School districts stand to gain about $3.7 billion from savings on gasoline and heating oil in the fiscal year ending June 30, estimates Trace Urdan, a managing director and senior analyst at Wells Fargo Securities, LLC, and some of that found money could find its way to purchasing supplemental content.
Urdan follows school district spending because Wells Fargo maintains a market in the common stock of education content provider Houghton Mifflin Harcourt Company, which is based in Boston, and in K12, Inc., the Herndon, Va.-based online education provider that also offers supplemental digital content through its FuelEd division.
The two large publicly traded companies are joined by many privately owned education businesses providing content to the K-12 market.
In his Jan. 5 “Equity Research” publication, Urdan acknowledged that the found money would likely be distributed to “a wide range of projects,” but still said content providers could be among the beneficiaries with increased opportunities to make sales to districts. He suggested that lower fuel prices could represent “a meaningful boon” to the sale of supplemental content.
John Musso, the executive director of the Association of School Business Officials International, was less sanguine about the potential size of the windfall, and how it might be used. For one thing, some districts contract annually for a set price of gas, hoping for savings if gas prices increase. If gas prices decline, districts are contractually obligated to pay the set price.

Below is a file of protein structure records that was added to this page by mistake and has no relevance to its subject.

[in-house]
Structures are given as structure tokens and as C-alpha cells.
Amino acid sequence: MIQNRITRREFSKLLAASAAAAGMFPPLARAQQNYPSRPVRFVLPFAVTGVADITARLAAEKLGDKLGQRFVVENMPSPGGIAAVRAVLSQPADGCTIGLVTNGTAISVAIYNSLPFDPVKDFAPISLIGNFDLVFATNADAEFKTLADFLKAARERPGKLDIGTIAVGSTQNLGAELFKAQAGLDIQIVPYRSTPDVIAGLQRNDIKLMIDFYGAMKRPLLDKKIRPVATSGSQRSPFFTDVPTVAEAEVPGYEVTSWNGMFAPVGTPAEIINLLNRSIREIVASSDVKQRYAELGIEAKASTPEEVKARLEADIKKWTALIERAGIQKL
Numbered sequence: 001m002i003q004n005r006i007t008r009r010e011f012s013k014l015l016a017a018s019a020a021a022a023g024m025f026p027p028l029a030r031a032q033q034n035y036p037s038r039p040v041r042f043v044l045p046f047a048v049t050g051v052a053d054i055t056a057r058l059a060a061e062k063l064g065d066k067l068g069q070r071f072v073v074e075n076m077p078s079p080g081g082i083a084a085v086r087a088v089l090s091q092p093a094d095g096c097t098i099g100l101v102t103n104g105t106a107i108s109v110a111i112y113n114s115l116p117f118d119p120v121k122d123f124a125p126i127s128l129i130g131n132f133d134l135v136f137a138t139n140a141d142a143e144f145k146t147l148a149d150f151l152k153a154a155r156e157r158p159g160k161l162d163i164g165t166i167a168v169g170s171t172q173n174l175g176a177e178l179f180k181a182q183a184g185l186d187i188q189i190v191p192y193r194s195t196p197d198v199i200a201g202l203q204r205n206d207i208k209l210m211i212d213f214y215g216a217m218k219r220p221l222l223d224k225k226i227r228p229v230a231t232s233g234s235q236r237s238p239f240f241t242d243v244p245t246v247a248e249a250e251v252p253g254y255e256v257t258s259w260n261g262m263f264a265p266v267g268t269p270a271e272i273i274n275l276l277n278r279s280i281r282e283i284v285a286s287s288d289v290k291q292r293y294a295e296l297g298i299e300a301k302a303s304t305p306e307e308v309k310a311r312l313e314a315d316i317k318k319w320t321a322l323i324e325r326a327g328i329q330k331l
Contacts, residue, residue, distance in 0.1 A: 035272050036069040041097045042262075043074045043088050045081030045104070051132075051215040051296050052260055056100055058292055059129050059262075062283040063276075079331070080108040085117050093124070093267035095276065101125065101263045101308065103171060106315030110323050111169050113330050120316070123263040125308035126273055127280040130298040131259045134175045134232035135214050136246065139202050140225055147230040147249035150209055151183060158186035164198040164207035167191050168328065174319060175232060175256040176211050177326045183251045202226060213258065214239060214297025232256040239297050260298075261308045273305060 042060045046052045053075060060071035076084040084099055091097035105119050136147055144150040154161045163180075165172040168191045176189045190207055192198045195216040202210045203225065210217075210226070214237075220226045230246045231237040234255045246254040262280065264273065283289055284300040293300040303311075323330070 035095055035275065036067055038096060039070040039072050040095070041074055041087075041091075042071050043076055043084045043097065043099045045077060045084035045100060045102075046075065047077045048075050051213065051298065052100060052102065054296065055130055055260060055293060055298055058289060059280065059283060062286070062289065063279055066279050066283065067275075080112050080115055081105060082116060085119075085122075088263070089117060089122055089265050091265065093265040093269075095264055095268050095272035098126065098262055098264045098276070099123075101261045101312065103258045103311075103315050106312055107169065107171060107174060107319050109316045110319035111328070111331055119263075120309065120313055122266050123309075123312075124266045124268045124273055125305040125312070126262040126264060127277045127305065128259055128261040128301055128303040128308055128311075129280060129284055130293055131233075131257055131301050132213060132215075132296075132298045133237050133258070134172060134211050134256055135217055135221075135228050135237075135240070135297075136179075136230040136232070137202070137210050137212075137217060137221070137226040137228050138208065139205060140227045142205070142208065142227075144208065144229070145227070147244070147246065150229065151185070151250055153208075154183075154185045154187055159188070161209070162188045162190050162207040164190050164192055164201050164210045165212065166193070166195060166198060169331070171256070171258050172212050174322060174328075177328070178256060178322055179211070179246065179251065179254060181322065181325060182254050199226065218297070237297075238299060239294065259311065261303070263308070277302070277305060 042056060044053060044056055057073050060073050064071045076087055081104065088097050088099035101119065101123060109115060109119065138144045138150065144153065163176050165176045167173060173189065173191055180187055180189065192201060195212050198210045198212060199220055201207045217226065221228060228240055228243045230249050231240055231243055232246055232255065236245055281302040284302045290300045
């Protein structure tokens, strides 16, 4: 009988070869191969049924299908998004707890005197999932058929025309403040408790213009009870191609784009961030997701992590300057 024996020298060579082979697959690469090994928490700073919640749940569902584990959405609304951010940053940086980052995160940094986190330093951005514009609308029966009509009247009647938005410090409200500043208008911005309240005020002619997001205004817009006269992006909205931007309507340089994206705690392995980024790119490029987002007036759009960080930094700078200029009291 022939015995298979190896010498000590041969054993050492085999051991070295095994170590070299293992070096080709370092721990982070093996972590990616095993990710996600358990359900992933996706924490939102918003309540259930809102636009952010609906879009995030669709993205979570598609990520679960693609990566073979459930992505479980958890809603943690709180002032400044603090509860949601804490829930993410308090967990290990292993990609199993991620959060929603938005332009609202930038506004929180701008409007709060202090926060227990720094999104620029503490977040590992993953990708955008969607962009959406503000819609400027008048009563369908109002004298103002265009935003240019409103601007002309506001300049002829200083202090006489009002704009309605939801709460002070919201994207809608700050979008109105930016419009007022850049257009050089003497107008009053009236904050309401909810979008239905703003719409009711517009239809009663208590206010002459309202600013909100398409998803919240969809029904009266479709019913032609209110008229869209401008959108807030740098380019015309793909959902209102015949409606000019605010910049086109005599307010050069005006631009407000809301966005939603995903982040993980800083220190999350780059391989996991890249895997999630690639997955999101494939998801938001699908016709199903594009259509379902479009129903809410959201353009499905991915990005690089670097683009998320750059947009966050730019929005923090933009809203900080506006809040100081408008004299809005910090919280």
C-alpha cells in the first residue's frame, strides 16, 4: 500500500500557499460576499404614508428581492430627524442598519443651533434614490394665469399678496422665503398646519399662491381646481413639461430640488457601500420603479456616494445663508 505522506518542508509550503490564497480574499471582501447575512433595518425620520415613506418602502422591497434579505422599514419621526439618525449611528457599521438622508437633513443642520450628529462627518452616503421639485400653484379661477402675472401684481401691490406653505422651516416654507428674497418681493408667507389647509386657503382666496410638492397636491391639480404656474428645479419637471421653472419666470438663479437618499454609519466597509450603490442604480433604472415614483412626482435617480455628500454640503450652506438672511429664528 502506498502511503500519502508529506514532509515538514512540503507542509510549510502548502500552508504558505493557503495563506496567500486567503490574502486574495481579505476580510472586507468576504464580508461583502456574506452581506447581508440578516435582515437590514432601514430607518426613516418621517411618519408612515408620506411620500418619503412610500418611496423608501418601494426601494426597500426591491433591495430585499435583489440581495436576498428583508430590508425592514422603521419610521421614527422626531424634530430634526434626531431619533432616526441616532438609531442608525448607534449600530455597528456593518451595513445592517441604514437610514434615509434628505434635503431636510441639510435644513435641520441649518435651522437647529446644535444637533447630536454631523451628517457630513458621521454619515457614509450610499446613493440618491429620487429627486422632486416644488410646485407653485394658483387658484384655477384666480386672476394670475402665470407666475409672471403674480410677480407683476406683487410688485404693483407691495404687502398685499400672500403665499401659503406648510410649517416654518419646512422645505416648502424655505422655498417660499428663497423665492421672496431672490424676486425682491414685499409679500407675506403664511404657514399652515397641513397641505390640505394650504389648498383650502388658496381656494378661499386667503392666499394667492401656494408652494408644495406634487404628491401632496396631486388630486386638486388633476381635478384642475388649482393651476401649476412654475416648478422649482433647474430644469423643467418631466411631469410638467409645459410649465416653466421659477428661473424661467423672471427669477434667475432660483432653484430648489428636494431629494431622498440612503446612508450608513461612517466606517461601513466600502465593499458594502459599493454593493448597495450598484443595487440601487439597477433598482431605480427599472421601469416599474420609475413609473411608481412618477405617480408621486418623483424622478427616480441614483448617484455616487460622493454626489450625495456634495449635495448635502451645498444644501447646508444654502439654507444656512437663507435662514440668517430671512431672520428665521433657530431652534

Musso also injected “a word of caution” about how cash-strapped districts are likely to react to unanticipated savings.
“Assuming there is a savings in that one area, they’re going to be looking at other areas that might have come in over budget,” Musso said. “And this is one-time money. Whatever we use it for now, we can’t count on it next year, or the year after.”
Digital content is a top priority, Musso said, but so are other considerations, like shoring up reserves that were depleted in the recession, and reinstating school positions that had been lost during that time.
Urdan based his gas savings prediction on data originating from the Montgomery County, Md. and Fairfax County, Va. school districts— both suburbs of Washington, D.C.—where about 37 gallons of gas per year are used for student transportation. With nearly 50 million public school students, Urdan calculated that 1.84 million gallons of gas are used each year. Prices have dropped from an average $3.65 per gallon on July 1, 2014, the beginning of schools’ fiscal year, to $2.18 per gallon on January 5, amounting to a $2.03 billion savings this year.
Beyond that, he projected that lower heating costs could result in a $1.65 billion annual savings, using an estimate from the U.S. Environmental Protection Agency that schools in the country consume about 31.6 gallons of heating oil per student each year. That commodity has decreased from $4.12 per gallon to $3.08, he wrote.